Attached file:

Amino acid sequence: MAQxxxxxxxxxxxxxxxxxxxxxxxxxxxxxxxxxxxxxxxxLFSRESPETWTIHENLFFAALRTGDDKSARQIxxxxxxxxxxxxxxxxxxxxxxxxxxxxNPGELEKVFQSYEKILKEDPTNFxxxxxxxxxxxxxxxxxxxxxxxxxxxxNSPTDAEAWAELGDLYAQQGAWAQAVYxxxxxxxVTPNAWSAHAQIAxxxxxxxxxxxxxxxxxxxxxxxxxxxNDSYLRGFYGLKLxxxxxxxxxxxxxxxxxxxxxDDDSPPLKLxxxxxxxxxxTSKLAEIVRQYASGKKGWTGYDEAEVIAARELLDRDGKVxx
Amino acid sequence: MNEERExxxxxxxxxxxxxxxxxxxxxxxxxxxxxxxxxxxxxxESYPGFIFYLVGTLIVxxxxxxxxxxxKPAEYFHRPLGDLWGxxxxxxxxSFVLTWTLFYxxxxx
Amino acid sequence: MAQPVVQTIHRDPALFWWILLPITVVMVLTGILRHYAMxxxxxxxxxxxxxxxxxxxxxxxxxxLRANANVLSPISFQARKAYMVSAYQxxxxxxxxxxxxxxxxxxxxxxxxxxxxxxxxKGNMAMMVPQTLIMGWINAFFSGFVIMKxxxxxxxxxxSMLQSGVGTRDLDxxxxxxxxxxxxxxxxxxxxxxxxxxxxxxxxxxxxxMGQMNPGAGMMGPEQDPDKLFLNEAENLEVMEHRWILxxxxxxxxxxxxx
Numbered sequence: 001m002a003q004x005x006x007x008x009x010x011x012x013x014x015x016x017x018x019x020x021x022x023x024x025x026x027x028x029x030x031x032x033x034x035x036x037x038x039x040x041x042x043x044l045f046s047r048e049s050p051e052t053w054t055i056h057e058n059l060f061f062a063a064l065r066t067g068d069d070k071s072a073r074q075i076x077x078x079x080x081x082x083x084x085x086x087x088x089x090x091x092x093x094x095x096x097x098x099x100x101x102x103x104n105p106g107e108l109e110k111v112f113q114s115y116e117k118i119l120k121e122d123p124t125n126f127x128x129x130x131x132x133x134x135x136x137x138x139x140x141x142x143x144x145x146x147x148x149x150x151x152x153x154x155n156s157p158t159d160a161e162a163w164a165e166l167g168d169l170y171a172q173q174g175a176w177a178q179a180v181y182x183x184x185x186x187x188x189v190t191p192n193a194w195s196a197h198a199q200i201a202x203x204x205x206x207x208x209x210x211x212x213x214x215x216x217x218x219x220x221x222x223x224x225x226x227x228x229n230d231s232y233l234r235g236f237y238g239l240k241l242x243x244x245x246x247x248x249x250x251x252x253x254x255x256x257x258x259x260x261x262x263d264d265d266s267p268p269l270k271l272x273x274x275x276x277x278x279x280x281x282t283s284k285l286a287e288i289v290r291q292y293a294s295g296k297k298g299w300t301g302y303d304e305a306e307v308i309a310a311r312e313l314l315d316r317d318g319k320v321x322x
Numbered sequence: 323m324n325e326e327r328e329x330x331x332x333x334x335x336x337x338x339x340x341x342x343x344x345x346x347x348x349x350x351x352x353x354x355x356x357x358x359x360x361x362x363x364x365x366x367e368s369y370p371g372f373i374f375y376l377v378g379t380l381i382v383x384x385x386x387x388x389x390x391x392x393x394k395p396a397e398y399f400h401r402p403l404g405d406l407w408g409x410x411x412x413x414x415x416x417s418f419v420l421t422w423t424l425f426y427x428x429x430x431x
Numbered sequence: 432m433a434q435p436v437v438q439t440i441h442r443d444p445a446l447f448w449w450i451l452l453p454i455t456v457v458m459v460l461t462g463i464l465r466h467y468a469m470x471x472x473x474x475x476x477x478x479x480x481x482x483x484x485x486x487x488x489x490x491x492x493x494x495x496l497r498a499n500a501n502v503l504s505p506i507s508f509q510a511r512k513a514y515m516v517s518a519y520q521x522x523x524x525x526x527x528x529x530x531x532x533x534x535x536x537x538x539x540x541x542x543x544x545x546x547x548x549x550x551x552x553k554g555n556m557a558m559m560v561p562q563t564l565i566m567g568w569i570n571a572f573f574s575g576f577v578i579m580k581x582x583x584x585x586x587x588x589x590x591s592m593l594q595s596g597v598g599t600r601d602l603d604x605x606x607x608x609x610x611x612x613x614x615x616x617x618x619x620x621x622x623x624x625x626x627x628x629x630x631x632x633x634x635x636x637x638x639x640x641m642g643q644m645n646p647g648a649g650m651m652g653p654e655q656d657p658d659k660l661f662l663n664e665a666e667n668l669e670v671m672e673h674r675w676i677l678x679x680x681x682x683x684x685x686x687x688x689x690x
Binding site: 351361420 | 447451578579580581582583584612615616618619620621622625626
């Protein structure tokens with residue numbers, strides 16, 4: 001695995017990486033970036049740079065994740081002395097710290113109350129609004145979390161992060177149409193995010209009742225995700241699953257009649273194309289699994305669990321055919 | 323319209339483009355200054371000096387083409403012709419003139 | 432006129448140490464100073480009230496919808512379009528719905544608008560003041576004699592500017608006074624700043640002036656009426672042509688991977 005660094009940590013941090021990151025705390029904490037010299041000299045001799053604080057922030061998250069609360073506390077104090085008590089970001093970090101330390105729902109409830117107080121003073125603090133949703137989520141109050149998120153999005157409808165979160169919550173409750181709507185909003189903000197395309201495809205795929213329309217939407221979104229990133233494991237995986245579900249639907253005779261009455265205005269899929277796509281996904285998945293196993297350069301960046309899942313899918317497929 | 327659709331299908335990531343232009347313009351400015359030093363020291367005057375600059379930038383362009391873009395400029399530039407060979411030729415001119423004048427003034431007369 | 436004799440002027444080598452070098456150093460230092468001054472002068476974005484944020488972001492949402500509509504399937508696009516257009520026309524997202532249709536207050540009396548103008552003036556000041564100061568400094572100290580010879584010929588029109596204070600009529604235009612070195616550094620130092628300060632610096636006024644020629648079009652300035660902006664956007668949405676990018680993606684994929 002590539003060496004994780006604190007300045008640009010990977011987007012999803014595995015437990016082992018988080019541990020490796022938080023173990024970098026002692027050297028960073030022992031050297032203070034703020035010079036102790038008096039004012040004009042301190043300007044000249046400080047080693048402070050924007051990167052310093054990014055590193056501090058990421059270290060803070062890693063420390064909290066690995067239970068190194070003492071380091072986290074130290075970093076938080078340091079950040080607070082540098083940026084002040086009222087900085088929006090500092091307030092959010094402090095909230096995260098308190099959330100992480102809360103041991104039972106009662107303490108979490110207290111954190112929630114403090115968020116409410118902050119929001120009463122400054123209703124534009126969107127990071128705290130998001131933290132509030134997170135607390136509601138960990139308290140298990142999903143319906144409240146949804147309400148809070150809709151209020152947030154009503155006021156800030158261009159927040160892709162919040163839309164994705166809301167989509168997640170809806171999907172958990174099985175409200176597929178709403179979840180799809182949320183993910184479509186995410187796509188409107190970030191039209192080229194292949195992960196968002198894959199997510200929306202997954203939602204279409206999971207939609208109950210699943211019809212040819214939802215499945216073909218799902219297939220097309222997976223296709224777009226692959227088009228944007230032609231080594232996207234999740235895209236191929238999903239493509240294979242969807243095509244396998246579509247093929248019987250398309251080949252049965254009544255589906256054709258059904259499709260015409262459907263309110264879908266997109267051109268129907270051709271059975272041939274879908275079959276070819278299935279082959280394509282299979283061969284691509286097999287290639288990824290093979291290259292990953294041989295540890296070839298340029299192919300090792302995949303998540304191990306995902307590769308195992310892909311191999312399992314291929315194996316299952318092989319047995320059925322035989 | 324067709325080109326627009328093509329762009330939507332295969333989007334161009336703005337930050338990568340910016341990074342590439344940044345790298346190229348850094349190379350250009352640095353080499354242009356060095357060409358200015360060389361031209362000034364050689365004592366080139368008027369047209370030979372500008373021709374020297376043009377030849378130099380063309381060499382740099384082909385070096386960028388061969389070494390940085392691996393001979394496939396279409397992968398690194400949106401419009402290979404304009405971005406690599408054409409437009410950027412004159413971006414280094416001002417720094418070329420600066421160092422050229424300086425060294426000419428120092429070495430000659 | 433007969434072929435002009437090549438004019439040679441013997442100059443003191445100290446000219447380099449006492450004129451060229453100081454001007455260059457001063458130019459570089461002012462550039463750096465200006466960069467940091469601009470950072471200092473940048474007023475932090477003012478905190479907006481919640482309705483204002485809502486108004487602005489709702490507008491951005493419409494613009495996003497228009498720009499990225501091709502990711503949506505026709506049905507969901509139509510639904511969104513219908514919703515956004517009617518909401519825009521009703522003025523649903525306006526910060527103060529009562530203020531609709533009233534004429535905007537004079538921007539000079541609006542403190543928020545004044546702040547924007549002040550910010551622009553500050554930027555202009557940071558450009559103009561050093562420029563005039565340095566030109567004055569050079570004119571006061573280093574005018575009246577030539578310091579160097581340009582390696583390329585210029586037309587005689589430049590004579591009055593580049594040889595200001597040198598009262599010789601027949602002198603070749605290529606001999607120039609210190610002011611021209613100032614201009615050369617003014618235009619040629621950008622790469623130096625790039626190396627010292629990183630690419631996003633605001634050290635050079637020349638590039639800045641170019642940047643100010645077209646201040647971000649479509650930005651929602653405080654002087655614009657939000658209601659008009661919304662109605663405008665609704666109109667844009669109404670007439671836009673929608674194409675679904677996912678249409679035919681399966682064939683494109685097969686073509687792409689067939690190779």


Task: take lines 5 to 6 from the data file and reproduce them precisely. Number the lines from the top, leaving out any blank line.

Numbered sequence: 323m324n325e326e327r328e329x330x331x332x333x334x335x336x337x338x339x340x341x342x343x344x345x346x347x348x349x350x351x352x353x354x355x356x357x358x359x360x361x362x363x364x365x366x367e368s369y370p371g372f373i374f375y376l377v378g379t380l381i382v383x384x385x386x387x388x389x390x391x392x393x394k395p396a397e398y399f400h401r402p403l404g405d406l407w408g409x410x411x412x413x414x415x416x417s418f419v420l421t422w423t424l425f426y427x428x429x430x431x
Numbered sequence: 432m433a434q435p436v437v438q439t440i441h442r443d444p445a446l447f448w449w450i451l452l453p454i455t456v457v458m459v460l461t462g463i464l465r466h467y468a469m470x471x472x473x474x475x476x477x478x479x480x481x482x483x484x485x486x487x488x489x490x491x492x493x494x495x496l497r498a499n500a501n502v503l504s505p506i507s508f509q510a511r512k513a514y515m516v517s518a519y520q521x522x523x524x525x526x527x528x529x530x531x532x533x534x535x536x537x538x539x540x541x542x543x544x545x546x547x548x549x550x551x552x553k554g555n556m557a558m559m560v561p562q563t564l565i566m567g568w569i570n571a572f573f574s575g576f577v578i579m580k581x582x583x584x585x586x587x588x589x590x591s592m593l594q595s596g597v598g599t600r601d602l603d604x605x606x607x608x609x610x611x612x613x614x615x616x617x618x619x620x621x622x623x624x625x626x627x628x629x630x631x632x633x634x635x636x637x638x639x640x641m642g643q644m645n646p647g648a649g650m651m652g653p654e655q656d657p658d659k660l661f662l663n664e665a666e667n668l669e670v671m672e673h674r675w676i677l678x679x680x681x682x683x684x685x686x687x688x689x690x